PMS and Exercise
How and Why to Get Moving When You Feel Cramps Coming On
Bloating, cramping, nausea, mood changes, constipation, anxiety. Your “time of the month” can come with a multitude of premenstrual symptoms. Thankfully we’re not completely helpless. Research tells us that exercise can help to reduce both physical and psychological symptoms of premenstrual syndrome (PMS).
What if you’re tired?
We get it! And we promise it doesn’t take a huge effort. Research says that exercising three times per week for 20-40 minutes is enough to see changes in how you feel. That’s only 60-120 minutes per week!
Does the Type of Exericse Matter?
Swimming, aerobic exercise, and yoga have all been shown to reduce PMS. Of these, yoga demonstrated the greatest benefits. Our recommendation? Do whatever sounds best to you. Don’t force yourself into exercise that you hate or you feel could cause injury.
What Else Helps?
A healthy diet, drinking adequate water, getting plenty of sleep, and reducing stress. We’d also strongly recommend that you see your primary care provider and a mental health professional if your PMS is disrupting your daily life. Give yourself the holistic care you deserve.
Take care of you!
Self care has major payoffs! Exercise is just one of the many ways we can love and care for our premenstrual bodies. At Breathe., we want all humans to feel comfortable moving in their bodies. If exercise is uncomfortable or painful for you, come see us. We’d love to help you feel better!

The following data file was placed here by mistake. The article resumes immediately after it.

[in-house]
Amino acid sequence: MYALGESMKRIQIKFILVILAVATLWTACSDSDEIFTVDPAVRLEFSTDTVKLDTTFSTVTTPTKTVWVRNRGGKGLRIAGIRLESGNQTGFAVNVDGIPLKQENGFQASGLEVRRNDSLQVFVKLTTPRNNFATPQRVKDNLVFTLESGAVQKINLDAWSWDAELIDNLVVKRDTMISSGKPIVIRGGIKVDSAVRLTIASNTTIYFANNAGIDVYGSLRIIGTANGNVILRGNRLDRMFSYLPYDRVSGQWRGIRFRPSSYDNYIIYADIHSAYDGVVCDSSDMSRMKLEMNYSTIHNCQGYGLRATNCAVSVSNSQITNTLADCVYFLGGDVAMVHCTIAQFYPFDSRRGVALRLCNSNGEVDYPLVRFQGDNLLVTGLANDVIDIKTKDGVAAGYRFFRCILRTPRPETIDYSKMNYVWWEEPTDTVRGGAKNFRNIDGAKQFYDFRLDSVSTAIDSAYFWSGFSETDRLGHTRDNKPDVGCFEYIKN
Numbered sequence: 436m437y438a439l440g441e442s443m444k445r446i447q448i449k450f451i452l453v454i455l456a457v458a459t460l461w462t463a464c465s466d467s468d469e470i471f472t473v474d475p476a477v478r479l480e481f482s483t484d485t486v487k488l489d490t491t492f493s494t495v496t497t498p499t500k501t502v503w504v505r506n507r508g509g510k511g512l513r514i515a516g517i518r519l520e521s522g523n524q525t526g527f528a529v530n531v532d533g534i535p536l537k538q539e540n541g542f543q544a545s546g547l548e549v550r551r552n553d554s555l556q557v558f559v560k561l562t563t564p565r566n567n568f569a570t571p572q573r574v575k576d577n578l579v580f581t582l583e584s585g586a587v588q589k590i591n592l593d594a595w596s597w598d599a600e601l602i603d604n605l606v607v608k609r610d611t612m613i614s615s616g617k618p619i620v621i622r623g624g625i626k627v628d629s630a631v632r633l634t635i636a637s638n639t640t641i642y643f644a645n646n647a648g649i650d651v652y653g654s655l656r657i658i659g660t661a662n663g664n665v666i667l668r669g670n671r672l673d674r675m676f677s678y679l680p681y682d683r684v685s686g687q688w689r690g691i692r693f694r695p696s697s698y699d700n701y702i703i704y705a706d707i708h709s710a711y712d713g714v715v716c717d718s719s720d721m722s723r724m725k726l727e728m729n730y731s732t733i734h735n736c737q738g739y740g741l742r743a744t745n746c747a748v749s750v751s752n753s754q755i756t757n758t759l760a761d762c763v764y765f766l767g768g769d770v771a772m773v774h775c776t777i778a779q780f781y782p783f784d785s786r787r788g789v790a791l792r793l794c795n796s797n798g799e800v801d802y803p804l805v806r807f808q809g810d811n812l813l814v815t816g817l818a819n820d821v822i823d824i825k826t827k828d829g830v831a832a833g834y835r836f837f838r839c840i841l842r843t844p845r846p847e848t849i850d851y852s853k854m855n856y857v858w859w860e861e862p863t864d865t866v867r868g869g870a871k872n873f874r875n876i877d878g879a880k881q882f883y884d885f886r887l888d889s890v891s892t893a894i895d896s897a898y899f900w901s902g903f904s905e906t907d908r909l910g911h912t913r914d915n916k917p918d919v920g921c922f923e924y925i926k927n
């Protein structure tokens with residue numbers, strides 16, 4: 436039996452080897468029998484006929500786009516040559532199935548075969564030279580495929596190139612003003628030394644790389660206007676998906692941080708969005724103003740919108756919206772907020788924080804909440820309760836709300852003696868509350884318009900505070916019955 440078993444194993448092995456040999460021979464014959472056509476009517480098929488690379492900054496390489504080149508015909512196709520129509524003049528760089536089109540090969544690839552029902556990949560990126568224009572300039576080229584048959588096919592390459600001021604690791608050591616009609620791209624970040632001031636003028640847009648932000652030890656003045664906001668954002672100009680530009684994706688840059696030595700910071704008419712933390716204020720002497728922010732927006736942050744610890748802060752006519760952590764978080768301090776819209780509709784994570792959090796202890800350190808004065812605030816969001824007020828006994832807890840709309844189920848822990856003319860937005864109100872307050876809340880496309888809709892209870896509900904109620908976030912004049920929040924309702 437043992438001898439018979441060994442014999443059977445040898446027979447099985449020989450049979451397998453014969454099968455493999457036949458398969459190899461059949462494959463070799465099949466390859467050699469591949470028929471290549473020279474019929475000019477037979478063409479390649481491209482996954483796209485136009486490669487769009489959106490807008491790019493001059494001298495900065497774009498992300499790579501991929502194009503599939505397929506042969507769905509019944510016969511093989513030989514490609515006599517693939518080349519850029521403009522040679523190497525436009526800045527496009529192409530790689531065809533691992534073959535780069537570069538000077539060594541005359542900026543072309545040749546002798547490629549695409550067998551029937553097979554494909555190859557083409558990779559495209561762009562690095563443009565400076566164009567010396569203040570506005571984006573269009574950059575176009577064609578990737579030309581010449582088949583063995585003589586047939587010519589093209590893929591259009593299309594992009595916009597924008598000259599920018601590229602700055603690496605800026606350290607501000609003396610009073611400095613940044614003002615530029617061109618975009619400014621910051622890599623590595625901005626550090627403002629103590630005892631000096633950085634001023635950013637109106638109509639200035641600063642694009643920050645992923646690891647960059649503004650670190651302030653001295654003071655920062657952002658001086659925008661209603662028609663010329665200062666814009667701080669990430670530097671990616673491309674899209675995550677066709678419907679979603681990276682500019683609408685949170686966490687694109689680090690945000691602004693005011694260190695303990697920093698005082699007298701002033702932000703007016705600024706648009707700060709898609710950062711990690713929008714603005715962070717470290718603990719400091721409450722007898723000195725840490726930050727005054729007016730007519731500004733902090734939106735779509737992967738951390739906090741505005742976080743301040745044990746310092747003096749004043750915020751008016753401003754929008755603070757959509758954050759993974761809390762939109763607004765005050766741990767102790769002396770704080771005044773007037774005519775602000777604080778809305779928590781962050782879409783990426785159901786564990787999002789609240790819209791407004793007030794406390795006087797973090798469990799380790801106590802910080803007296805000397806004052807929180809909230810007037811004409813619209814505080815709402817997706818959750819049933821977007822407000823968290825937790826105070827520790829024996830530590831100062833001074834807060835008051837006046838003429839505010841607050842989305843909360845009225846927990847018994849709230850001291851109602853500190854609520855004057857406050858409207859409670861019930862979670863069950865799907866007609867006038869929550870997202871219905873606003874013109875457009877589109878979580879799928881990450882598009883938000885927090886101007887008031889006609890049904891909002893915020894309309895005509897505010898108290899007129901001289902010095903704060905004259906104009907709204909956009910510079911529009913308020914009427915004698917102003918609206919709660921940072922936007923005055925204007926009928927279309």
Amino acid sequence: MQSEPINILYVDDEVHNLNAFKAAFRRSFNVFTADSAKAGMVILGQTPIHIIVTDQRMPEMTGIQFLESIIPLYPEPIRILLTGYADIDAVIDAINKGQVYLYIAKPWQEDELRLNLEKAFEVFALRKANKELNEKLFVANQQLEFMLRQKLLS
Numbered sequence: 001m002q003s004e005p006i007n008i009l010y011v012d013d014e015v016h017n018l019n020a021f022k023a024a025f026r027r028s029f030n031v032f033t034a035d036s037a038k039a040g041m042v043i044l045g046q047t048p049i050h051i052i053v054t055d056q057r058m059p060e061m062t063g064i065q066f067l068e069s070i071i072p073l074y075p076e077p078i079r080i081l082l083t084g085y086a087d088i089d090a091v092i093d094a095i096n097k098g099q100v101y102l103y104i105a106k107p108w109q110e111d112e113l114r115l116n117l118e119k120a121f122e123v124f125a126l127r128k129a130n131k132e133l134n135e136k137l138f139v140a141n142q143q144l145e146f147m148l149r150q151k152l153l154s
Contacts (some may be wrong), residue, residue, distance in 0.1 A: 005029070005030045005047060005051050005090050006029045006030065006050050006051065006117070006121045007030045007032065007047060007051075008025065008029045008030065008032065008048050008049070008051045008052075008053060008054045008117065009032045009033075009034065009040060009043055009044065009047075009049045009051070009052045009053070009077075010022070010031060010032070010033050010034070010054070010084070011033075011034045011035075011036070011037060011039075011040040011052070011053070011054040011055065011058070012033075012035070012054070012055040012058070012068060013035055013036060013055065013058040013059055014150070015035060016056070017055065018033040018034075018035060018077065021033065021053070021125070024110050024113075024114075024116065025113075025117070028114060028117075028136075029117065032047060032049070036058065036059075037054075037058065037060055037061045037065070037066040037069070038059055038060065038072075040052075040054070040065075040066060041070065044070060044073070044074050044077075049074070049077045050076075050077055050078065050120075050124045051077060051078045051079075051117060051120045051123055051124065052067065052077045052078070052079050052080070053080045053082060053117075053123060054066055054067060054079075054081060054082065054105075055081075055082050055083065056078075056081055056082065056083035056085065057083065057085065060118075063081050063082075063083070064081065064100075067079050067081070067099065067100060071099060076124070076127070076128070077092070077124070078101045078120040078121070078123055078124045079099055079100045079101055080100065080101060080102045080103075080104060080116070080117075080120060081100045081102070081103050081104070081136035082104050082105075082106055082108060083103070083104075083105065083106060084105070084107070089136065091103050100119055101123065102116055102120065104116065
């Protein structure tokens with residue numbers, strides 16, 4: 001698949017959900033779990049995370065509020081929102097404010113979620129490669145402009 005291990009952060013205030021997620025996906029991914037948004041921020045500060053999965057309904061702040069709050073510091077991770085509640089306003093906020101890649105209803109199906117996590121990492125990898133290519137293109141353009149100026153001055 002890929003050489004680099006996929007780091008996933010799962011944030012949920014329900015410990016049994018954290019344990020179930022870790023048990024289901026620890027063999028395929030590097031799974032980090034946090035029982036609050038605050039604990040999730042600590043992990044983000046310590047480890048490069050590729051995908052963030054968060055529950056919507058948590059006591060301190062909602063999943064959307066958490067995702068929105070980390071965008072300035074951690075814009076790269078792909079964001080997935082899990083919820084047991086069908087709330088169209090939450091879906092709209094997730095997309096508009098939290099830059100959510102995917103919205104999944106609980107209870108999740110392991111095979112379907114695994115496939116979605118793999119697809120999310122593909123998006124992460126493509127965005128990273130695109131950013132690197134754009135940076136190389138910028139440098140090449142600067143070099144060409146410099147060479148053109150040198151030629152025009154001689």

Mohamed Maged A et al. Effect of swimming exercise on premenstrual syndrome. Arch Gynecol Obstet. 2018 Apr; 297(4):951-959.
Mohebbi Dehnavi Z, Jafarnejad F, Sadeghi Goghary S. The effect of 8 weeks aerobic exercise on severity of physical symptoms or premenstrual syndrome: a clinical study. BMC Womens Health. 2018 May 31;18(1):80.
PMS and PMDD: guide for teens. MGH Center for Women’s Mental Health: Reproductive Psychiatry Resource & Information Center. 2018. Accessed November 25, 2020. https://womensmentalhealth.org/resource/patient-support-services/teen-pms-and-pmdd-guide/.
Rapkin AJ, Mikacich JA. Premenstrual dysphoric disorder and severe premenstrual syndrome in adolescents. Pediatr Drugs. 15,191-202 (2013).
Vaghela N, Mishra D, Sheth M, Bharat Dani V. To compare the effects of aerobic exercise and yoga on premenstrual syndrome. J Educ Health Promot. 2019 Oct 24;8;199.
Yesildere Saglam H, Orsal O. Effect of exercise on premenstrual symptoms: a systematic review. Complement Ther Med. 2020 Jan;48:1022272.